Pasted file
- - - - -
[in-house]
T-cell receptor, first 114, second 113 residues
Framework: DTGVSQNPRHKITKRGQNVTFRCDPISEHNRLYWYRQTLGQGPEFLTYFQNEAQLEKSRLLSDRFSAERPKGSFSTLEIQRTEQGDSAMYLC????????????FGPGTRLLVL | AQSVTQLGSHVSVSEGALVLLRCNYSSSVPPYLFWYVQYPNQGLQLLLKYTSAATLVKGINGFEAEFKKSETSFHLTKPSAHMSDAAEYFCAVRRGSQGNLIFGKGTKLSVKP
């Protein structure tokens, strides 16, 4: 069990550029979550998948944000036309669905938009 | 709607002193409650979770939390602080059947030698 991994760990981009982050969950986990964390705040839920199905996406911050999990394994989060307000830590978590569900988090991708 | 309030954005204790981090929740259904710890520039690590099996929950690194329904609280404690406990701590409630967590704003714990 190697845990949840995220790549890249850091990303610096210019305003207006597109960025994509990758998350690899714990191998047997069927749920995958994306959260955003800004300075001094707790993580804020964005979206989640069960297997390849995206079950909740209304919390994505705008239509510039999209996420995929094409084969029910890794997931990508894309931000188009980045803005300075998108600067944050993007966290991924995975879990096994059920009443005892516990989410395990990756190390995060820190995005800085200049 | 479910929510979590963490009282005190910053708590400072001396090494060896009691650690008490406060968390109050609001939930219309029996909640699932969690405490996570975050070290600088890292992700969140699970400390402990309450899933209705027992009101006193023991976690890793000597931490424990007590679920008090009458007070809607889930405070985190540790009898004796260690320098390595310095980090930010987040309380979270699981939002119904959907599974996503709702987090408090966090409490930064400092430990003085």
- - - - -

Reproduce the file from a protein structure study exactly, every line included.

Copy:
[in-house]
T-cell receptor, first 114, second 113 residues
Framework: DTGVSQNPRHKITKRGQNVTFRCDPISEHNRLYWYRQTLGQGPEFLTYFQNEAQLEKSRLLSDRFSAERPKGSFSTLEIQRTEQGDSAMYLC????????????FGPGTRLLVL | AQSVTQLGSHVSVSEGALVLLRCNYSSSVPPYLFWYVQYPNQGLQLLLKYTSAATLVKGINGFEAEFKKSETSFHLTKPSAHMSDAAEYFCAVRRGSQGNLIFGKGTKLSVKP
């Protein structure tokens, strides 16, 4: 069990550029979550998948944000036309669905938009 | 709607002193409650979770939390602080059947030698 991994760990981009982050969950986990964390705040839920199905996406911050999990394994989060307000830590978590569900988090991708 | 309030954005204790981090929740259904710890520039690590099996929950690194329904609280404690406990701590409630967590704003714990 190697845990949840995220790549890249850091990303610096210019305003207006597109960025994509990758998350690899714990191998047997069927749920995958994306959260955003800004300075001094707790993580804020964005979206989640069960297997390849995206079950909740209304919390994505705008239509510039999209996420995929094409084969029910890794997931990508894309931000188009980045803005300075998108600067944050993007966290991924995975879990096994059920009443005892516990989410395990990756190390995060820190995005800085200049 | 479910929510979590963490009282005190910053708590400072001396090494060896009691650690008490406060968390109050609001939930219309029996909640699932969690405490996570975050070290600088890292992700969140699970400390402990309450899933209705027992009101006193023991976690890793000597931490424990007590679920008090009458007070809607889930405070985190540790009898004796260690320098390595310095980090930010987040309380979270699981939002119904959907599974996503709702987090408090966090409490930064400092430990003085």